Nearly 200 black-owned local businesses listed in directory
The Madison Black Chamber of Commerce recently published its 2016 edition of the Black Business Directory, and the number of establishments it contained surprised one its own board members.
The directory includes 195 African American businesses, 45 organizations, 24 churches and a list of other entrepreneurs and resources. The businesses and organizations fall into 37 categories in the 40-page booklet.
Corinda Rainey-Moore, a member of the Madison Black Chamber of Commerce board, said she wasn’t aware Madison had that many black-owned businesses—and she wants to see that number grow.
“We want the community to know that we are here and that we are not going away,” Rainey-Moore said in a recent interview. “We also want our black business owners to know that we support them. And one way that we can support them is by getting these books in the hands of any and everybody that we can, so that they know that these businesses exist and encourage them to support them.”
Rainey-Moore talked about the directory as she sat in the living room of Milele Chikasa Anana, who is publisher and editor of UMOJA magazine and an advisory member of the Madison Black Chamber of Commerce board.
Anana, affectionately referred to in the local African American community as Ms. Milele, was instrumental in producing the directory. She said the directory not only shows the strength of her community, but also how black-owned businesses are helping to build community in Madison.
“These people pay themselves, they hire other people, they hire teenagers, they continue that cycle of jobs and employment for people,” said Anana. “We’re not just looking at this like a listing of alphabetical names, it is a part of the economic infrastructure of Madison.”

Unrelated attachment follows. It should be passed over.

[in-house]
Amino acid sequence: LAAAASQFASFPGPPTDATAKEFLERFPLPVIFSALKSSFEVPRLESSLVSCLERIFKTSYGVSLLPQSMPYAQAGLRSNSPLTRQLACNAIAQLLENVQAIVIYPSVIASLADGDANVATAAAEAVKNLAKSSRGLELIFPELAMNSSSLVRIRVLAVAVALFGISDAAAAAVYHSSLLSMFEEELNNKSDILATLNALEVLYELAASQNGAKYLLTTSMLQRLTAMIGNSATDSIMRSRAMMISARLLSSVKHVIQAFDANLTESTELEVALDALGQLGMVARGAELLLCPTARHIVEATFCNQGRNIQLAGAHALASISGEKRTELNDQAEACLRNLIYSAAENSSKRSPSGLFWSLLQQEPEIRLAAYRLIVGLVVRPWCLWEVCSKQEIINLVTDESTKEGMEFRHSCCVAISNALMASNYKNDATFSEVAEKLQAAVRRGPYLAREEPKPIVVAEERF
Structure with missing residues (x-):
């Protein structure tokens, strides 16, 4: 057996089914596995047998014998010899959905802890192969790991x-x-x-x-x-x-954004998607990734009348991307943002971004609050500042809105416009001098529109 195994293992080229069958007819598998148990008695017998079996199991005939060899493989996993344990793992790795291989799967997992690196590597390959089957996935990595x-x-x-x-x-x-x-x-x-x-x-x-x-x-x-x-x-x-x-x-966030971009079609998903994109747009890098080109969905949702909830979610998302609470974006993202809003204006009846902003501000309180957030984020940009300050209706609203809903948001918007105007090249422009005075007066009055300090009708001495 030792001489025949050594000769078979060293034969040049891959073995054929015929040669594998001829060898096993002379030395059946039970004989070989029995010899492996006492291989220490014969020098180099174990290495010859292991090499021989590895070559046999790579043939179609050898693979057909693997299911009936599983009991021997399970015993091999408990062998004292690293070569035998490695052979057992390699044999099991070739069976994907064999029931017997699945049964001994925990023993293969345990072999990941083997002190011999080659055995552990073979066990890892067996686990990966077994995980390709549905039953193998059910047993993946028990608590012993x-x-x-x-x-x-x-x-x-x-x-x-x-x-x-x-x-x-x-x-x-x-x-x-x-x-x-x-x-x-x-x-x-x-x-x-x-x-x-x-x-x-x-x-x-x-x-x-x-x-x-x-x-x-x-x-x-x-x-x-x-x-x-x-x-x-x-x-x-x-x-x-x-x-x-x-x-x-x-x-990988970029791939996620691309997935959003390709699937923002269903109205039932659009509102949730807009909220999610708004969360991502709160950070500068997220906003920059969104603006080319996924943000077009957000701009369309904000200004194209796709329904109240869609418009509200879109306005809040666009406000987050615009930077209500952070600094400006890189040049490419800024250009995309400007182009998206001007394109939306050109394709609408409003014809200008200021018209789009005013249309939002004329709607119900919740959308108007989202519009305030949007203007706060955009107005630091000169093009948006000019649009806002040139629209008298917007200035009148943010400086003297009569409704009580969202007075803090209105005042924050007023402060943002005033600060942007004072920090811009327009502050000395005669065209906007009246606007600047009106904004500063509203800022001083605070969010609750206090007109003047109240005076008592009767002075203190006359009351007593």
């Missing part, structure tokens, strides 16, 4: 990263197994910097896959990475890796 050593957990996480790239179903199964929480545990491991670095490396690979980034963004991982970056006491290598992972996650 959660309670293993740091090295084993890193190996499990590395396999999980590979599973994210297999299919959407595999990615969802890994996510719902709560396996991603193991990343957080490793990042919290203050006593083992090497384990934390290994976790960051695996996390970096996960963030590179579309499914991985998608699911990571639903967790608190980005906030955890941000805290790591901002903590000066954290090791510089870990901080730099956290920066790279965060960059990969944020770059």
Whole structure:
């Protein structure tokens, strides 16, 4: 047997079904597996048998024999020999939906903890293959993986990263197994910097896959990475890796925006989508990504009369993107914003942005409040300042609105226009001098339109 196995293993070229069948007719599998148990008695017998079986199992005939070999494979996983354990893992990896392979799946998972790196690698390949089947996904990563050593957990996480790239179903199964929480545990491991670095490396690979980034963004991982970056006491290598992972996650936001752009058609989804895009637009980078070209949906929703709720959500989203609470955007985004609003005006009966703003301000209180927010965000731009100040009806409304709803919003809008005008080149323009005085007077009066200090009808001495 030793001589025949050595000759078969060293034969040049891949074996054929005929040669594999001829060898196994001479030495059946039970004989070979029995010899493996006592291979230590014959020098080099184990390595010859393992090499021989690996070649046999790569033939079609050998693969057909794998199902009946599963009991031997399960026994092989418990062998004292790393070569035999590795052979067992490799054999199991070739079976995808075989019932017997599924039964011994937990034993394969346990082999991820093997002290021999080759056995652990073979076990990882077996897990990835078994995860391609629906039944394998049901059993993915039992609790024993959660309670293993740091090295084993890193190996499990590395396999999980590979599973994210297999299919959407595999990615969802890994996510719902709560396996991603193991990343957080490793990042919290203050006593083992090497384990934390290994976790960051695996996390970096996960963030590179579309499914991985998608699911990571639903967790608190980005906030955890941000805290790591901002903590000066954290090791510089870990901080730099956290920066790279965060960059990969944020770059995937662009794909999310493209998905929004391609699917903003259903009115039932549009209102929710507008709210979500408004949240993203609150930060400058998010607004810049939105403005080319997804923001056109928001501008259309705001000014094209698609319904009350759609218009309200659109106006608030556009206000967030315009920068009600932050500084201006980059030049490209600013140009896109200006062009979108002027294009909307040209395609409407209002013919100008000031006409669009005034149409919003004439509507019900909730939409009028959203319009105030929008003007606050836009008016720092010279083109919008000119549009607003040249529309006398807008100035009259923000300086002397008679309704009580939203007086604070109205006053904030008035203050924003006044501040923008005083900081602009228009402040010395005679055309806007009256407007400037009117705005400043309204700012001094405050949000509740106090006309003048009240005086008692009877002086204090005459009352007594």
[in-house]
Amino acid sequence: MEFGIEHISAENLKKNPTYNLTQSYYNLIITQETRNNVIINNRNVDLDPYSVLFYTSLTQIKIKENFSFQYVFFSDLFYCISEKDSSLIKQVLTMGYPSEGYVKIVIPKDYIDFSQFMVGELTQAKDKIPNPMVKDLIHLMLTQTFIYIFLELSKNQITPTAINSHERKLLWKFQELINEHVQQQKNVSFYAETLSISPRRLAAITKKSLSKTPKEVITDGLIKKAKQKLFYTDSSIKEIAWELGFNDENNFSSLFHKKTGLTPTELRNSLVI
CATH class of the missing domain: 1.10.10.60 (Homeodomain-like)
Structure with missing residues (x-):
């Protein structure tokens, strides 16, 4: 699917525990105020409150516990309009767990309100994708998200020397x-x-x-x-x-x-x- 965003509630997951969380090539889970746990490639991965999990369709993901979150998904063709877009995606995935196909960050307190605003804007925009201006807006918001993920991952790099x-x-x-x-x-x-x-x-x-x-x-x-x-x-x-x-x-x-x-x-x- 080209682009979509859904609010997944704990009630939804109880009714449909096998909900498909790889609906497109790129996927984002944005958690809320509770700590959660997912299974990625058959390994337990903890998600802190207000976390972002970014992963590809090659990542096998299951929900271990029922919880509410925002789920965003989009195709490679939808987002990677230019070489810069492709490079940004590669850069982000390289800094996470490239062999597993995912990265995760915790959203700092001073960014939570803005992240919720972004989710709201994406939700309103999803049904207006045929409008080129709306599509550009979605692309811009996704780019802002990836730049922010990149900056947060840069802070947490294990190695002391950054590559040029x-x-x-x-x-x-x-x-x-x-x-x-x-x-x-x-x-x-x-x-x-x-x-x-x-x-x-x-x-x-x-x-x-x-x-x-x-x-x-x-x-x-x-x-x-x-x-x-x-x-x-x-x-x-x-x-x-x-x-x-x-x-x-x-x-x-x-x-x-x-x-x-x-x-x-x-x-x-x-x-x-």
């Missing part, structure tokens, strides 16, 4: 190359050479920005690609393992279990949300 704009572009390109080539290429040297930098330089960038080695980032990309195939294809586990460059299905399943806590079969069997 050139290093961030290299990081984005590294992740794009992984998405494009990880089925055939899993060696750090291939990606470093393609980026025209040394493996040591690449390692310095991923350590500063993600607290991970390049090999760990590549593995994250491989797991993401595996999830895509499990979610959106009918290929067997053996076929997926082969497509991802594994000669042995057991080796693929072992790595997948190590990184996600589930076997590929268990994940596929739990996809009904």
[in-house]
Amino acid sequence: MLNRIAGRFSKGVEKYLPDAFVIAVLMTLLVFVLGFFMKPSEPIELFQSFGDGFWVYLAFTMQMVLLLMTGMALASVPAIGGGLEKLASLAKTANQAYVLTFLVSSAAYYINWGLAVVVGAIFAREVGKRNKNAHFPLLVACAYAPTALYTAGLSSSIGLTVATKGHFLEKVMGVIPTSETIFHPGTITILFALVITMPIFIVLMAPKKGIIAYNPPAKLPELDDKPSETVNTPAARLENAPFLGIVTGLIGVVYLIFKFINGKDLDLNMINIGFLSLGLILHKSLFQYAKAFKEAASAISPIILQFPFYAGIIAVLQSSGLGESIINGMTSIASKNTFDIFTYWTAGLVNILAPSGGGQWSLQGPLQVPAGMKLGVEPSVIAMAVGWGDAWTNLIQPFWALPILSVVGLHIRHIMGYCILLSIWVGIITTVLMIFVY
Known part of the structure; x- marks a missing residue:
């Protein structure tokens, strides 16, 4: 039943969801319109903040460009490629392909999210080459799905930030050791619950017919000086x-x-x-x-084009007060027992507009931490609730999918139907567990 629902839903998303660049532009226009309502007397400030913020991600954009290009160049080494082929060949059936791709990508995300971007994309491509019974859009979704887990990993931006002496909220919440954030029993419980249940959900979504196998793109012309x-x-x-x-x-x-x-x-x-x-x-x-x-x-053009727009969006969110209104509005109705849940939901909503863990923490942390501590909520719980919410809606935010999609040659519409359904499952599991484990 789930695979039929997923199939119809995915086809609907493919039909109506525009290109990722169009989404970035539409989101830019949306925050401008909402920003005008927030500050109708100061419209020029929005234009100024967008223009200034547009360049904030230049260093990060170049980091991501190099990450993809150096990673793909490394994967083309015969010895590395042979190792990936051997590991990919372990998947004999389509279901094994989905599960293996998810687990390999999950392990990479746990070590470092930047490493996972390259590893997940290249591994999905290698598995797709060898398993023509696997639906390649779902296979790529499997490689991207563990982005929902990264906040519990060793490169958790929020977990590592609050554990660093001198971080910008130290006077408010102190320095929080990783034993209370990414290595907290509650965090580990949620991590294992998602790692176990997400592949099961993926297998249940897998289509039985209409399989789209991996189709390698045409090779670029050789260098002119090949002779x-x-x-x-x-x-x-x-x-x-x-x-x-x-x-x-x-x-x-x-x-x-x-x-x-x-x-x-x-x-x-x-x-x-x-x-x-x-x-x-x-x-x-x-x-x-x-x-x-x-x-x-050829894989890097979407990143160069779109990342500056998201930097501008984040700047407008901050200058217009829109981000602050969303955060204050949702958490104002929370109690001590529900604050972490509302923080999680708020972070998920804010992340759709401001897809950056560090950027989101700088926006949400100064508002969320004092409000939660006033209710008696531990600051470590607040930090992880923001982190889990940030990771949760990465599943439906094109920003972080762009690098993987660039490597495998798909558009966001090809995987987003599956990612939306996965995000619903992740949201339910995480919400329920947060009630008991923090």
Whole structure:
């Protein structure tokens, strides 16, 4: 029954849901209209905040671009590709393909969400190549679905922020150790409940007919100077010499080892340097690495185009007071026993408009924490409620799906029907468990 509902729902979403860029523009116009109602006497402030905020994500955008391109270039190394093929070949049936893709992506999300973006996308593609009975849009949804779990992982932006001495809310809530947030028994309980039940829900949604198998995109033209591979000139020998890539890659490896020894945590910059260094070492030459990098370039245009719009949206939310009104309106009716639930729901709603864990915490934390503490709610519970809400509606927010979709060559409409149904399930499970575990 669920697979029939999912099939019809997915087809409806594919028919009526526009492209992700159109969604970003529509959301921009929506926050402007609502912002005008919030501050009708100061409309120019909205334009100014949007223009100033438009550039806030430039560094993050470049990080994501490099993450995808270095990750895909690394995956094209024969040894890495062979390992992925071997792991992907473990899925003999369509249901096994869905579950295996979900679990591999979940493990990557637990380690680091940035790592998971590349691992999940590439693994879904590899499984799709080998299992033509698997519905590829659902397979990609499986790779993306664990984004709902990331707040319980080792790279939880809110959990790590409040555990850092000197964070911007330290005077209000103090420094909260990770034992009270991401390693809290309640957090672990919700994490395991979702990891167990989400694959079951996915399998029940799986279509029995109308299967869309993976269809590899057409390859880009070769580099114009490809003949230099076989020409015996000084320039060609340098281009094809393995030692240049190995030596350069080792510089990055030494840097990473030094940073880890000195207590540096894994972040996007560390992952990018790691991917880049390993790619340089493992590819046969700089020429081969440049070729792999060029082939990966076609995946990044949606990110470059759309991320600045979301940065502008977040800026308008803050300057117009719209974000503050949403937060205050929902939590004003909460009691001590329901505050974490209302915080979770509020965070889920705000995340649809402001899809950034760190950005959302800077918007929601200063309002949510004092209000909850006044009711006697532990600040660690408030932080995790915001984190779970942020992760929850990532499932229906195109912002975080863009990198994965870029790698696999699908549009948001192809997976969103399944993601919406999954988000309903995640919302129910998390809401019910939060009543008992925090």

She paged through the directory and pointed out examples of how Madison Magazine and other businesses could use the directory, such as catering food for an office party from one of the black-owned restaurants.
“You can recycle some of your revenue in order for them to prosper and survive,” she said.
Rainey-Moore said that in addition to fueling the economic growth of the city, these businesses also help spur growth in their own community. She says it’s important for blacks to “buy from other blacks” so the money circulates in their own neighborhoods multiple times before it goes elsewhere.
“We want to leverage our buying power,” Rainey-Moore said.
She added that promoting black businesses through the directory could generate interest among other African Americans in becoming entrepreneurs. She said established business owners could serve as mentors and perhaps show others “how they got to where they are.”
This is the second edition of the directory. Anana said the current edition, which came out in December, was paid for in part with a sponsorship from BMO Harris Bank and from Community Development Black Grant funds from the City of Madison.
The chamber has plans to post the directory online, she said, but so far it is available in print only. The group printed 500 copies; and as of Feb. 26, it had distributed 460 copies.
The directory also lists annual events in the black community. And as an added feature, Anana said, the business owners are listed alphabetically by first name—because people in her community tend to know each other by their first name and not necessarily their last name.
“It’s so useful,” she said of the directory. “It’s a little treasure trove.”